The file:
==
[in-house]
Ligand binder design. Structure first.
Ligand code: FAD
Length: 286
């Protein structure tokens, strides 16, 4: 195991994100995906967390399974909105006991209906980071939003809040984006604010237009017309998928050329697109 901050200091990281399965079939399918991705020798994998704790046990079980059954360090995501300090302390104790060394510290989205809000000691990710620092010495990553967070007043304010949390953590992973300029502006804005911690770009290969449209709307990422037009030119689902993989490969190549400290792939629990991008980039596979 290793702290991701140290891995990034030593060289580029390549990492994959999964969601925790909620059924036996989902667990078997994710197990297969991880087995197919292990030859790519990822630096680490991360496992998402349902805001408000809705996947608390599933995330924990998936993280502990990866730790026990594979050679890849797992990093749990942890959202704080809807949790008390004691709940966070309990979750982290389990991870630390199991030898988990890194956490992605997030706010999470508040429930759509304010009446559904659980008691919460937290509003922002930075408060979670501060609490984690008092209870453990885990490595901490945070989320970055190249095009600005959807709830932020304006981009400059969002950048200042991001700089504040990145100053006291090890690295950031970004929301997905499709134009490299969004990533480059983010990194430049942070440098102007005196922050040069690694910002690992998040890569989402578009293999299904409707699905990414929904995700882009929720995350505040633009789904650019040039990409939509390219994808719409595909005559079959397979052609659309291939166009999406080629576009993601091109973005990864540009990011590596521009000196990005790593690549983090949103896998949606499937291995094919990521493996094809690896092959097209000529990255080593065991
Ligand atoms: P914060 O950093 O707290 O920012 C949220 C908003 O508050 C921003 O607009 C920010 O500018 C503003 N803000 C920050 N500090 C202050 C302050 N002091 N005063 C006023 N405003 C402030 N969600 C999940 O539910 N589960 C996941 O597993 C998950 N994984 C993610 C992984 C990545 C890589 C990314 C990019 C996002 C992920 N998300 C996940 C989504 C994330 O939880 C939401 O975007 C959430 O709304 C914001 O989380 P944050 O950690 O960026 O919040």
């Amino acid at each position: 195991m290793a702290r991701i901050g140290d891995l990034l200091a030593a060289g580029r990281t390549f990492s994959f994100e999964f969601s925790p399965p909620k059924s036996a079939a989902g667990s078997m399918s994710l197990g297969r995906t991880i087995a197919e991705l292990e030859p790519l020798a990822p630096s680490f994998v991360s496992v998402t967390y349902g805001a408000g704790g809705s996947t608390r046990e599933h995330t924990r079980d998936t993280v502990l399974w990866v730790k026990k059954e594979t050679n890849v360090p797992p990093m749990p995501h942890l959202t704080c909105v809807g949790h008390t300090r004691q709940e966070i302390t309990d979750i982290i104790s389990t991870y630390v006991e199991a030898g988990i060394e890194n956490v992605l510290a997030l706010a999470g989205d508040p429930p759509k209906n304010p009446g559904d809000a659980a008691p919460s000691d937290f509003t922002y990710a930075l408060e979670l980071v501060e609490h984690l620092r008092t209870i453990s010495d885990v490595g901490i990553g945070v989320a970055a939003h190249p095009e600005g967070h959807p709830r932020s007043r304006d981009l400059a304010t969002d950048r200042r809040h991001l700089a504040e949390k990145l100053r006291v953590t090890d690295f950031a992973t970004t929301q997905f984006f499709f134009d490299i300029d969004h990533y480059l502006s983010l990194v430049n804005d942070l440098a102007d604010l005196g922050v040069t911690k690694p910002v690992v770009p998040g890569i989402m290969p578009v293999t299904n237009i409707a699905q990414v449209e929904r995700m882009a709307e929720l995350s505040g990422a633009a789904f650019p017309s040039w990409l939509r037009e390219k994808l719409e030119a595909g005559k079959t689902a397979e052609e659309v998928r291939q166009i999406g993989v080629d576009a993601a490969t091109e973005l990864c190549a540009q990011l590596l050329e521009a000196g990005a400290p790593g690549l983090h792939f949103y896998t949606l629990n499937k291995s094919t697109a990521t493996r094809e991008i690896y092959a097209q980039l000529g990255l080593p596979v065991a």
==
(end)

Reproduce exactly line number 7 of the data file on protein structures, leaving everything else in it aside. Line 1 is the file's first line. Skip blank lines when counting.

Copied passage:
């Amino acid at each position: 195991m290793a702290r991701i901050g140290d891995l990034l200091a030593a060289g580029r990281t390549f990492s994959f994100e999964f969601s925790p399965p909620k059924s036996a079939a989902g667990s078997m399918s994710l197990g297969r995906t991880i087995a197919e991705l292990e030859p790519l020798a990822p630096s680490f994998v991360s496992v998402t967390y349902g805001a408000g704790g809705s996947t608390r046990e599933h995330t924990r079980d998936t993280v502990l399974w990866v730790k026990k059954e594979t050679n890849v360090p797992p990093m749990p995501h942890l959202t704080c909105v809807g949790h008390t300090r004691q709940e966070i302390t309990d979750i982290i104790s389990t991870y630390v006991e199991a030898g988990i060394e890194n956490v992605l510290a997030l706010a999470g989205d508040p429930p759509k209906n304010p009446g559904d809000a659980a008691p919460s000691d937290f509003t922002y990710a930075l408060e979670l980071v501060e609490h984690l620092r008092t209870i453990s010495d885990v490595g901490i990553g945070v989320a970055a939003h190249p095009e600005g967070h959807p709830r932020s007043r304006d981009l400059a304010t969002d950048r200042r809040h991001l700089a504040e949390k990145l100053r006291v953590t090890d690295f950031a992973t970004t929301q997905f984006f499709f134009d490299i300029d969004h990533y480059l502006s983010l990194v430049n804005d942070l440098a102007d604010l005196g922050v040069t911690k690694p910002v690992v770009p998040g890569i989402m290969p578009v293999t299904n237009i409707a699905q990414v449209e929904r995700m882009a709307e929720l995350s505040g990422a633009a789904f650019p017309s040039w990409l939509r037009e390219k994808l719409e030119a595909g005559k079959t689902a397979e052609e659309v998928r291939q166009i999406g993989v080629d576009a993601a490969t091109e973005l990864c190549a540009q990011l590596l050329e521009a000196g990005a400290p790593g690549l983090h792939f949103y896998t949606l629990n499937k291995s094919t697109a990521t493996r094809e991008i690896y092959a097209q980039l000529g990255l080593p596979v065991a």